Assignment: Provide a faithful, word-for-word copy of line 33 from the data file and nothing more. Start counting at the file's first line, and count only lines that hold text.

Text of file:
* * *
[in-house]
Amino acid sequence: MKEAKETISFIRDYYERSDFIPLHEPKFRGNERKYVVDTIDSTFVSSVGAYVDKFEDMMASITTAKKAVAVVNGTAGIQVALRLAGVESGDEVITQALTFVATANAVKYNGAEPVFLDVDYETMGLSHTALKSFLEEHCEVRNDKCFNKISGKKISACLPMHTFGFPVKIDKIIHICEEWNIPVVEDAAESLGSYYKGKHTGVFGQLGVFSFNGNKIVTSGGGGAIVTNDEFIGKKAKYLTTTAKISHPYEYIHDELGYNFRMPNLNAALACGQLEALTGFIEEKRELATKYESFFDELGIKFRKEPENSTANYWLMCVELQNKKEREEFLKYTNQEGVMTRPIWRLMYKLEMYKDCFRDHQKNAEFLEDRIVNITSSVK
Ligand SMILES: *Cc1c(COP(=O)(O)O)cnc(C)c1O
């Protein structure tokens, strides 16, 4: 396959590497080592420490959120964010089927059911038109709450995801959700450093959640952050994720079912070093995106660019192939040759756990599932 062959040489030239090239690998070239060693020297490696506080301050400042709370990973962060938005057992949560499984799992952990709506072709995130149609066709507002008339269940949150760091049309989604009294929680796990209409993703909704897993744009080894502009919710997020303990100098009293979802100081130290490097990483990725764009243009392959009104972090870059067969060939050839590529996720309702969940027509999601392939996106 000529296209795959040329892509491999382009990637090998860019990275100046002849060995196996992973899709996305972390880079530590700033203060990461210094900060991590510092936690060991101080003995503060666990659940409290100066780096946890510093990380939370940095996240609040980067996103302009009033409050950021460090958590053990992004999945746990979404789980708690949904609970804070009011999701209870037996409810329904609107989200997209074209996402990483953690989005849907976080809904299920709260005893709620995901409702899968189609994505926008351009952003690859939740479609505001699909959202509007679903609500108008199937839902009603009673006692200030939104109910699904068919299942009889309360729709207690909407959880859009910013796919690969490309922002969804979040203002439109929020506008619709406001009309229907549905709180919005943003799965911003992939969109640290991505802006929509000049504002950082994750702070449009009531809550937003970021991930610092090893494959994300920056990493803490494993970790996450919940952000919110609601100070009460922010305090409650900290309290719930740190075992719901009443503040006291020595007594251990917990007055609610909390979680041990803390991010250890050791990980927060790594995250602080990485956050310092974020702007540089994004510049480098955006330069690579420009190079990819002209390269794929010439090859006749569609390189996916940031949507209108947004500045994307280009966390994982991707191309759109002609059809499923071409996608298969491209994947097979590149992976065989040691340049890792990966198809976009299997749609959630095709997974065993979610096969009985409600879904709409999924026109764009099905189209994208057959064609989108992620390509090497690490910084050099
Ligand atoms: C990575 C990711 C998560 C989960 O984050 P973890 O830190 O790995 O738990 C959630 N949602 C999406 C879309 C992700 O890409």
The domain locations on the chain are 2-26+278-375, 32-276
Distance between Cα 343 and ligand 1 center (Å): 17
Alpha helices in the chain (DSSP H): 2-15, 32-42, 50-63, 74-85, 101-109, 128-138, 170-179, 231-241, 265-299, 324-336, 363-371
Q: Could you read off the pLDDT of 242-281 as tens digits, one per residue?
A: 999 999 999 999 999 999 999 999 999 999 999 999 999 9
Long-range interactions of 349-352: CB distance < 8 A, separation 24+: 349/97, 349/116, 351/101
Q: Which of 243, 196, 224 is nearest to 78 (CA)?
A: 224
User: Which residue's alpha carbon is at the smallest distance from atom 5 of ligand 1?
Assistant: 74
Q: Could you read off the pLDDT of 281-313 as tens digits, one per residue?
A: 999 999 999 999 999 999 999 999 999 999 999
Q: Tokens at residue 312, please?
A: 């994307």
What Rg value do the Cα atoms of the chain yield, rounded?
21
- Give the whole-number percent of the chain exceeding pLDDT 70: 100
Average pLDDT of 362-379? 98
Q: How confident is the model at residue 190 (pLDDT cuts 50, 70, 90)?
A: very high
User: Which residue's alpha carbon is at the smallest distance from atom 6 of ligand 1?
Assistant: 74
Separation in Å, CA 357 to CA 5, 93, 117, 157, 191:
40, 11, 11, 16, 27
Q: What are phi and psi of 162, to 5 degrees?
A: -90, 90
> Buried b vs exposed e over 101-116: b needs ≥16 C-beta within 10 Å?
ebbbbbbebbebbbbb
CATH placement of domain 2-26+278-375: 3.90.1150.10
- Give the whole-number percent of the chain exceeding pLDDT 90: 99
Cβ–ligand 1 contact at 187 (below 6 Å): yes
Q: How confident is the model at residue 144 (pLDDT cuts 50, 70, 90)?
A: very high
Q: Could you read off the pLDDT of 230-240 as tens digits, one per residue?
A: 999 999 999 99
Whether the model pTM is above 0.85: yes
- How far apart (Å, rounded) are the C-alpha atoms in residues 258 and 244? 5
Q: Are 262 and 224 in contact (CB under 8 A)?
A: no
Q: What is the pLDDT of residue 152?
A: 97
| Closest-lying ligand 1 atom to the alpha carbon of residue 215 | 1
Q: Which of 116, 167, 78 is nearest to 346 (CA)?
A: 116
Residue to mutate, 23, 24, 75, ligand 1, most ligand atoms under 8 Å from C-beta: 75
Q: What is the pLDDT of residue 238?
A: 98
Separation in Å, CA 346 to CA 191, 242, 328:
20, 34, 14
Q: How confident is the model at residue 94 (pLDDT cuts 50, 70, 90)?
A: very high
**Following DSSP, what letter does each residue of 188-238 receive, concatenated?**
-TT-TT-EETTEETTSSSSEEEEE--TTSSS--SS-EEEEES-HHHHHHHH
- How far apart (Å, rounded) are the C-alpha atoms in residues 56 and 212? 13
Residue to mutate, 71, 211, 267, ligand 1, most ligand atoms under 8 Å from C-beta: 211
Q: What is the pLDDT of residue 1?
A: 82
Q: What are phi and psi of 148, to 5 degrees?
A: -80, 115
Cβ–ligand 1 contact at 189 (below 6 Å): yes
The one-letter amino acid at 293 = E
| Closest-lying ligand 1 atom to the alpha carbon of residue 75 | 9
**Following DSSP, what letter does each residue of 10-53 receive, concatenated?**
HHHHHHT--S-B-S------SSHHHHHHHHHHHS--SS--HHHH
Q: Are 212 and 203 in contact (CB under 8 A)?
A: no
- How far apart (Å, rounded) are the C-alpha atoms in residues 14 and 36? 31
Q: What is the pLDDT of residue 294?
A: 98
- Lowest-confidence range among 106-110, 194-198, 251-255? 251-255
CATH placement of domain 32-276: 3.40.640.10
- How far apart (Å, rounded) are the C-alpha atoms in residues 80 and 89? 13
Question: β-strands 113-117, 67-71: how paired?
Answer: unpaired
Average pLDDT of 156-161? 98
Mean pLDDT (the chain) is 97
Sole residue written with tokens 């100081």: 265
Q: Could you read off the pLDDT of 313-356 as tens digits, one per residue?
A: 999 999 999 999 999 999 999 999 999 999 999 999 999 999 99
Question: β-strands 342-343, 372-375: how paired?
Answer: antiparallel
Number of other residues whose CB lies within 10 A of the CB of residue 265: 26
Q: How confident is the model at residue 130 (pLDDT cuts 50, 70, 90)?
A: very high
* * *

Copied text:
ebbbbbbebbebbbbb